The Chinese government has been quick to rebuff any accusations that forced labor is taking place in Xinjiang. Most recently, it launched an aggressive campaign to urge Chinese consumers to boycott brands that have dared to suggest forced labor is occurring in the region’s cotton industry. But the government has also been far from transparent in allowing reporters to examine manufacturing facilities. Bloomberg’s reporters wrote about the heavy handed police surveillance they faced while trying to reach the polysilicon facilities.
— Alex Wayne (@aawayne) April 13, 2021
6/ For the next three days, agents followed our reporters everywhere, obstructing all attempts to speak to locals and deleting photos.
The veil over Xinjiang has made the search for answers about the links between China's labor program and its solar industry difficult.
— Bloomberg Green (@climate) April 13, 2021
Bloomberg’s report is not the first investigation into the use of forced labor in Xinjiang’s solar industry. In January, the consultancy Horizon Advisory released a report naming the same four companies as well as JinkoSolar—one of the U.S.’s top solar panel suppliers—as bearing signs of using forced labor. The New York Times’ Ana Swanson and Chris Buckley reported on the details of that investigation:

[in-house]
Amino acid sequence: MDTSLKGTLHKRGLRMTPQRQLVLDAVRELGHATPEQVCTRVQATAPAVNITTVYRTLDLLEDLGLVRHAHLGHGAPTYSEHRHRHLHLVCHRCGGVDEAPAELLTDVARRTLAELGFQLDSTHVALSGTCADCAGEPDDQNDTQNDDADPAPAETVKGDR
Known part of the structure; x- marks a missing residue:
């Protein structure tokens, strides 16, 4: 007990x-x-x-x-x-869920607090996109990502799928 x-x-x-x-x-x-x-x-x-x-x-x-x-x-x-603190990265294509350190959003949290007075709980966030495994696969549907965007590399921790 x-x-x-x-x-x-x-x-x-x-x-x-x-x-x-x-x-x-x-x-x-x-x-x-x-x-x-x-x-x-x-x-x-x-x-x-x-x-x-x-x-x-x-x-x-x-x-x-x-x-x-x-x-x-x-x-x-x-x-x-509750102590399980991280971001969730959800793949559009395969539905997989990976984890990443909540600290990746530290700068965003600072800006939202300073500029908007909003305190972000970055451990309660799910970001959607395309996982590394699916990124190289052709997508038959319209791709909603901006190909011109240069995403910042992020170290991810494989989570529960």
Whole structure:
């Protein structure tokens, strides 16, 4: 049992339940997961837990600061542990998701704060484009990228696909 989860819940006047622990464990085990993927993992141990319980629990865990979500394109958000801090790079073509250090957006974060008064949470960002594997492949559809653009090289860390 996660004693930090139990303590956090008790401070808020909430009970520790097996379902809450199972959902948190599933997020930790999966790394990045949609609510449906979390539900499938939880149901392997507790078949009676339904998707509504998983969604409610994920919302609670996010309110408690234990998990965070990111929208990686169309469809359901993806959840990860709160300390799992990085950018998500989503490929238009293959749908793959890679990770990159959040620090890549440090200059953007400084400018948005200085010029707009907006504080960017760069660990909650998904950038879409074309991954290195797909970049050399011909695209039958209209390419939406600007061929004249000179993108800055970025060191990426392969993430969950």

Major solar companies including GCL-Poly, East Hope Group, Daqo New Energy, Xinte Energy and Jinko Solar are named in the report as bearing signs of using some forced labor, according to Horizon Advisory, which specializes in Chinese-language research. Though many details remain unclear, those signs include accepting workers transferred with the help of the Chinese government from certain parts of Xinjiang, and having laborers undergo “military-style” training that may be aimed at instilling loyalty to China and the Communist Party.
[…] Together, the solar companies named in the report supply more than a third of the world’s polysilicon, which is refined from rock and turned into the solar panels that end up on rooftops and utility energy projects, including those in the United States and Europe.
[…] Since unfettered on-the-ground access to Xinjiang for foreign journalists and researchers is virtually impossible, the Horizon Advisory researchers do not provide direct testimony of forced labor. Instead, they present signs of possible coercion from Chinese-language documents and news reports, such as programs that may use high-pressure recruitment techniques, indoctrinate workers with patriotic or military education, or restrict their movement. [Source]